The MOT’s aim is to help understanding of the past and present of humanity, here and elsewhere, by giving a realistic picture of the origin and evolution of techniques and of their impact on everyday life and on the environment.
The MOT studies ‘older’ techniques, that is to say, not only the techniques of the past, but also those of today. Man is continually thinking up new tools. The latest form of tools also have their place in our collection, which is unique in that respect.
The Museum wants to study the techniques not only of this region, this country, or this culture. We deliberately work at an international and intercultural level to be able to give a global picture of the wealth of techniques in different cultures. By learning to know, compare and understand the techniques of others, we help to put cultural differences in relation to each other.
Like some other institutions, the MOT has the task of improving understanding of the past. But the MOT does this by giving a picture of what we call our technical past.
If we want to understand the past, we cannot do so without studying techniques. Techniques are necessary for virtually all human activities. This can go from the provision of basic needs, since there would be no food without the techniques, for example, of hunting or agriculture, to the higher expressions of art, since there can be no art of painting without the technique of, for instance, preparing paint. Techniques are an essential element of our society and so it is of fundamental importance to learn to know their history.
That is why the MOT tells the history of techniques. That is why we try in the first instance to give a picture of how people used to work and deal with the technical aspects of their daily life.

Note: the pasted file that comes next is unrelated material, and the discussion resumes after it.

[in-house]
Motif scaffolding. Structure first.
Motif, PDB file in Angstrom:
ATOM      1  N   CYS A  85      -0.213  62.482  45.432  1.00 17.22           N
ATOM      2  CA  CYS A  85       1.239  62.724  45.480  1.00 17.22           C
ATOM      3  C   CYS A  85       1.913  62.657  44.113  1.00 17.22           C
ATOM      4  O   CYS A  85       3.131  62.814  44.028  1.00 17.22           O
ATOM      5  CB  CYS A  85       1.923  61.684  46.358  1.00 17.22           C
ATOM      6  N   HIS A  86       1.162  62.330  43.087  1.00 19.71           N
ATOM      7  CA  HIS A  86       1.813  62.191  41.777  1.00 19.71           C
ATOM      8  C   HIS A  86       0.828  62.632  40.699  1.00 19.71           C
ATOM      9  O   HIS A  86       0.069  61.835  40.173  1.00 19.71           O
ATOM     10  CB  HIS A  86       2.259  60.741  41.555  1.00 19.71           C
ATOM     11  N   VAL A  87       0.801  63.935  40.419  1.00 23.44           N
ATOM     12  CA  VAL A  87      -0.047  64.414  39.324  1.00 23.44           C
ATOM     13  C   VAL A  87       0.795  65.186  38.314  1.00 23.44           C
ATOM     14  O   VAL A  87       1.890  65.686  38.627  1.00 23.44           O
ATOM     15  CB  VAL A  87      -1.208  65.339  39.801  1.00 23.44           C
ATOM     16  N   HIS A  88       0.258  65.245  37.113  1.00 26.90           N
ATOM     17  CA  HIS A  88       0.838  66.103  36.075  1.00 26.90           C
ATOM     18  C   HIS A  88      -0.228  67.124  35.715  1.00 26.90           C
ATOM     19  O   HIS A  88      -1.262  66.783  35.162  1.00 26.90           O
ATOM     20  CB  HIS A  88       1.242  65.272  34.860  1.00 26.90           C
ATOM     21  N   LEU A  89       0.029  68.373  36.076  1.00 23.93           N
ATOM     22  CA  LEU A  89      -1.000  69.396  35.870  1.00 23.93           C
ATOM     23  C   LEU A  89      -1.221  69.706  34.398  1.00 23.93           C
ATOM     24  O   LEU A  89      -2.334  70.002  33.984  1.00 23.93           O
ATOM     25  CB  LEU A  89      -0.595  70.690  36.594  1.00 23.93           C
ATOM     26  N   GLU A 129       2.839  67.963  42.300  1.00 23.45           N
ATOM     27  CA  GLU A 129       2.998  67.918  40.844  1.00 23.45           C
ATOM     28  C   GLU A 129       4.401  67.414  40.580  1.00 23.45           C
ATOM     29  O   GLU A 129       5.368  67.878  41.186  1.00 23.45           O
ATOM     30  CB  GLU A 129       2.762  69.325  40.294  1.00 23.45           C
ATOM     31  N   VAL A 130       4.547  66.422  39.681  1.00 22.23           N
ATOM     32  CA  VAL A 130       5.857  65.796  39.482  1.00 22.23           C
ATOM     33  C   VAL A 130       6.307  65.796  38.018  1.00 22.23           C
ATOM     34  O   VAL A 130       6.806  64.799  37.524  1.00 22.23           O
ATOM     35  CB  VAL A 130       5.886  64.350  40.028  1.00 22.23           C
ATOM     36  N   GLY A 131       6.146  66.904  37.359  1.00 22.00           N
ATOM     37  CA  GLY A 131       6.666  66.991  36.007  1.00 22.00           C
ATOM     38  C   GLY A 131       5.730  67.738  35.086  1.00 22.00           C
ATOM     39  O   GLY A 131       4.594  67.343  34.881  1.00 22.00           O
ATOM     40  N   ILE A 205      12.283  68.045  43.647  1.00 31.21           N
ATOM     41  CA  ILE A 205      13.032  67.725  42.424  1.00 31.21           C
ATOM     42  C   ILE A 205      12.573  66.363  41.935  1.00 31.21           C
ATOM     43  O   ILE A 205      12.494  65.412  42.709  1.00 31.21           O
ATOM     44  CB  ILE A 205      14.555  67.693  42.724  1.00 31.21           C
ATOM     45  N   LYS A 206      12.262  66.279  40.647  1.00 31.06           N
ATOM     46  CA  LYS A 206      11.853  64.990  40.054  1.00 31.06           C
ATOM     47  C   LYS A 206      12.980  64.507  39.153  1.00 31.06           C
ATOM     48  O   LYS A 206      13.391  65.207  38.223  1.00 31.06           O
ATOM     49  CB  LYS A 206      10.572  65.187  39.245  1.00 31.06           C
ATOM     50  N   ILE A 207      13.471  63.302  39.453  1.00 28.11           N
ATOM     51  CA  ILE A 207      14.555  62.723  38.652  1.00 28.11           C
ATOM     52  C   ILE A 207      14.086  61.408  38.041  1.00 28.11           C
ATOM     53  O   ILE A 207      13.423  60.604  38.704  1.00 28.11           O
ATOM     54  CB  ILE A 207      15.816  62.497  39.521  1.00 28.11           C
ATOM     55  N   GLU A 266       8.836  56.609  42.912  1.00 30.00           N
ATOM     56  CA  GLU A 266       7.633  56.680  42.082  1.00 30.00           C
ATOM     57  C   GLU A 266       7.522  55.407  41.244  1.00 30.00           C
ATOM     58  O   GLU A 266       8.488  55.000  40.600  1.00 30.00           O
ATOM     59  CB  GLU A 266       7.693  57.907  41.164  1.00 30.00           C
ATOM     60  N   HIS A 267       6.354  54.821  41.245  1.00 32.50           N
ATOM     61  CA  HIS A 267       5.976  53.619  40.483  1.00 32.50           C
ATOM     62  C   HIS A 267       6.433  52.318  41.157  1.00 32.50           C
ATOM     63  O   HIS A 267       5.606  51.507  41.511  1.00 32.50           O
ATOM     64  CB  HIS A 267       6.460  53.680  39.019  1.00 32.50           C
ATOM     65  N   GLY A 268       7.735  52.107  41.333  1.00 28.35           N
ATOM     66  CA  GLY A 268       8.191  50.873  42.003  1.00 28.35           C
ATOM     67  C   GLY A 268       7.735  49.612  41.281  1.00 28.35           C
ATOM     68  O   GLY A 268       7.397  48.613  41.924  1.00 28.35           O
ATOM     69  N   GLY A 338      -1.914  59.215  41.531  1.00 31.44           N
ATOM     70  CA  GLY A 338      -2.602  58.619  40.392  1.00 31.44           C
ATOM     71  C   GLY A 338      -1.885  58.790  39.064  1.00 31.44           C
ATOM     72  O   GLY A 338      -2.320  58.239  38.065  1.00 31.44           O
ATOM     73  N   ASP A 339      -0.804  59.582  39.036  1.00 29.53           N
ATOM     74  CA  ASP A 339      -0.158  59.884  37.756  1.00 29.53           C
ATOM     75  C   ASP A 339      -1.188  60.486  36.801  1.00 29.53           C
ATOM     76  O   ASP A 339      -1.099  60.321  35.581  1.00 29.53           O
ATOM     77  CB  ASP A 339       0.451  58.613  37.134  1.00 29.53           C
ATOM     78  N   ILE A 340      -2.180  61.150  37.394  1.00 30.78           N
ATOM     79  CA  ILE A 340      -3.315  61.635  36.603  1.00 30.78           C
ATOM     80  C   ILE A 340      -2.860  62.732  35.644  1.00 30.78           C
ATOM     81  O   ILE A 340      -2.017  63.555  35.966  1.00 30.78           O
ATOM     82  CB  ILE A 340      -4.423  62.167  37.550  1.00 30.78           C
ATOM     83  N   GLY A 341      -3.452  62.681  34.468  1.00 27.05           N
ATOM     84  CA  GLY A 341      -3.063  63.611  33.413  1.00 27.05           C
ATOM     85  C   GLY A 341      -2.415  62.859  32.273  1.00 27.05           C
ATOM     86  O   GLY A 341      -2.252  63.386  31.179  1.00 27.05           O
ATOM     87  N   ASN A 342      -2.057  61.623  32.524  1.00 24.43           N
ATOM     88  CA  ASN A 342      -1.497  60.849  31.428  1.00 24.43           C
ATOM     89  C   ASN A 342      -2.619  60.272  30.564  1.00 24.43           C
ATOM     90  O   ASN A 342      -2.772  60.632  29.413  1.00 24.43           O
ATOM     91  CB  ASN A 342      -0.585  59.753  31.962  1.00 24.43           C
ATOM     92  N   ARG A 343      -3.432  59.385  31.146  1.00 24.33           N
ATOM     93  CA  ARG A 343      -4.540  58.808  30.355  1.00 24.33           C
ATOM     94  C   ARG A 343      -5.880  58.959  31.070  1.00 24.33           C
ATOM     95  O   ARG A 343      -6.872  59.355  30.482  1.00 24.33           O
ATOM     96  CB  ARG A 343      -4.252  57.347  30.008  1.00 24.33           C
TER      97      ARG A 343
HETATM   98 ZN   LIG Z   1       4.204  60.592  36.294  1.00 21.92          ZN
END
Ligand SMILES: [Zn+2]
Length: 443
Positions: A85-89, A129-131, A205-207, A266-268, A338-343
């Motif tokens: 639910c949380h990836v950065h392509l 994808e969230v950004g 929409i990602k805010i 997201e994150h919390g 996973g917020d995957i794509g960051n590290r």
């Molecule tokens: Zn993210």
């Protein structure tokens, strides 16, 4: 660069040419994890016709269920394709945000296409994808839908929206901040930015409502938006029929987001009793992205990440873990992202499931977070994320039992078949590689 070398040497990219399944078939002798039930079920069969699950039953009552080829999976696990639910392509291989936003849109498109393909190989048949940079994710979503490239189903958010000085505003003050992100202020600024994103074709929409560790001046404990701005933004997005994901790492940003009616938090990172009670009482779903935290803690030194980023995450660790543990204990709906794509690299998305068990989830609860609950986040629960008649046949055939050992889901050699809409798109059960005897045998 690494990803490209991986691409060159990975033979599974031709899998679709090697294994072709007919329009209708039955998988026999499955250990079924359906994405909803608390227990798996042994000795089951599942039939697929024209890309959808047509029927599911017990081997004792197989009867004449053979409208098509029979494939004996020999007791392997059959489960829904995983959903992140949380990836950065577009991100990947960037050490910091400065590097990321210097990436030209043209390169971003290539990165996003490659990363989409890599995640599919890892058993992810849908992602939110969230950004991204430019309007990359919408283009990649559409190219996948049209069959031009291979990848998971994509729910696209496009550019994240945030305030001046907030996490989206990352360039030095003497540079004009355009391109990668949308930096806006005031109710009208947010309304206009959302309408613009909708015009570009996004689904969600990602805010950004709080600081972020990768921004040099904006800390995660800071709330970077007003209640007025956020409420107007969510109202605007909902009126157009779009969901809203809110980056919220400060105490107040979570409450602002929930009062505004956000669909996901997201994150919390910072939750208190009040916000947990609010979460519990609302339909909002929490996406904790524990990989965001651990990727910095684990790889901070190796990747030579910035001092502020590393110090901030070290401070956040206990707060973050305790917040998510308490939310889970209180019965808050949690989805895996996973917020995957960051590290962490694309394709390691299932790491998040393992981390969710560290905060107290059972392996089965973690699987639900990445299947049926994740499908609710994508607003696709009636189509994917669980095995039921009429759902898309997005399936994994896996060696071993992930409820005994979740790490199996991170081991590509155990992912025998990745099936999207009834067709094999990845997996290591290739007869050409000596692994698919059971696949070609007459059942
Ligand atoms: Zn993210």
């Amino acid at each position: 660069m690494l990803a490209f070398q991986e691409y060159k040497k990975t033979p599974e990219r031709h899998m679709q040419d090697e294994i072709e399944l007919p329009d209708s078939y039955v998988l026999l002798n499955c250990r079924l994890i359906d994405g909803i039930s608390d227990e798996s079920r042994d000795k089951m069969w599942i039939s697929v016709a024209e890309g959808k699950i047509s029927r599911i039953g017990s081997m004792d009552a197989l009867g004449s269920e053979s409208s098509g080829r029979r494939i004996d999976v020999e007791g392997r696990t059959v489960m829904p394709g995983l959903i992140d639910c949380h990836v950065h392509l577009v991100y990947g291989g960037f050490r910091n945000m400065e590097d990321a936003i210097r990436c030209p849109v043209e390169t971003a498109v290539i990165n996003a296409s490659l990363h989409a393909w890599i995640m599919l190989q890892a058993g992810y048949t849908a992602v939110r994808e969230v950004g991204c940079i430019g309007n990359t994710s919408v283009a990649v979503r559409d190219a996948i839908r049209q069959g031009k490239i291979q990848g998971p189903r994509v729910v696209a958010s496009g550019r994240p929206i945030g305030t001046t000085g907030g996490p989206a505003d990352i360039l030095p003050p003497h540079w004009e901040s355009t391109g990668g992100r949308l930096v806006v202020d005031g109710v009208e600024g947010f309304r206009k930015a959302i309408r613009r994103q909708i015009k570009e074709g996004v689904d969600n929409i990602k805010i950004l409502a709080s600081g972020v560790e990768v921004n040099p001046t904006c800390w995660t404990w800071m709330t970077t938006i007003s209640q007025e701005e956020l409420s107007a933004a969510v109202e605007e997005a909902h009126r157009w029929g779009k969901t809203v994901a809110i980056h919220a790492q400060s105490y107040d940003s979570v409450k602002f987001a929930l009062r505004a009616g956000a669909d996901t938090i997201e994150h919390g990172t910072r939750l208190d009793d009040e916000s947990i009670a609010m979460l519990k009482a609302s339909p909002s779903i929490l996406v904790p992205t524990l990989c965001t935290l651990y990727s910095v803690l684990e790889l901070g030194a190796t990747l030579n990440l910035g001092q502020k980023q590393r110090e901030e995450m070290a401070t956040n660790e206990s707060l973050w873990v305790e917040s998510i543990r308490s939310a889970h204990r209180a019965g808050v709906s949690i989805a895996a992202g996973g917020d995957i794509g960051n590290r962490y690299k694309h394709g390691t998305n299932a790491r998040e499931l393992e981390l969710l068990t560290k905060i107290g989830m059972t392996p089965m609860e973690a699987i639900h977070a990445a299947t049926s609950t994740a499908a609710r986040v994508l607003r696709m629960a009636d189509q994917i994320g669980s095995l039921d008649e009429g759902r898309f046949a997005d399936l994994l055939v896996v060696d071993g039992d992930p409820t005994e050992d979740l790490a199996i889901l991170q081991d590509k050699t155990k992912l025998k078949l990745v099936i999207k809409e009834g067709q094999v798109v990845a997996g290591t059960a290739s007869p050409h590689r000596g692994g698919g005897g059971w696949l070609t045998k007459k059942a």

Because the history of techniques as a subject is a very large one, we keep to a clear definition. The MOT concentrates on ‘naturally powered’ techniques; in other words, techniques driven by muscle power (of man or beast), water power, or wind power.
The naturally powered techniques are:
The MOT’s approach is unique in this country, because we do not choose a single technique or a single period. This makes it possible to transcend geographic, historical or cultural boundaries. By deliberately choosing natural power sources we are as a museum and scientific institution complementary to the various institutions studying industrial archaeology.
The MOT throws light on the history of techniques from a technical aspect and not only from a historic or socio-economic point of view. We opt for this approach because without a basic technical understanding you can never understand specific events of our past or assess their influence correctly. The invention of the wheelbarrow in the Middle Ages, for example, only has significance if you understand the fundamental distinction between that vehicle and its predecessor, the stretcher.
So it is not enough to know when and how a technique originated, nor in what ways it evolved further. What we need to know is the importance that a specific technique has for mankind, particularly the material consequences of it on their life and the impact of it on their environment.
The MOT studies not only crafts and so-called technical occupations. Techniques are also used in daily life, for instance, in housekeeping. It is precisely through their presence here that techniques have such a profound influence on the way of life and quality of life of people.
As people we develop and use specific technical means and that makes us directly responsible for the impact of the techniques on our environment.
The use of natural power as a source of renewable energy is today a burning issue. In response to climate change there is again massive interest in sustainable energy. But this is nothing new under the sun, it has been in existence for millennia. Until roughly around 1800 muscles (our own or those of beasts), windmills and watermills were the only sources of energy.
It is certainly true that we can learn a great deal from the past with which to face the challenges of the future. We must make use of the renewed interest in older techniques to promote the relevance and actuality of our subject.
The MOT wants to help understanding man’s past and present. To reach that objective the Museum wants to put out specific messages. The data which we offer the public are made ‘legible’ by us by interpreting them and putting them in a specific context. The story we tell can be read at several levels: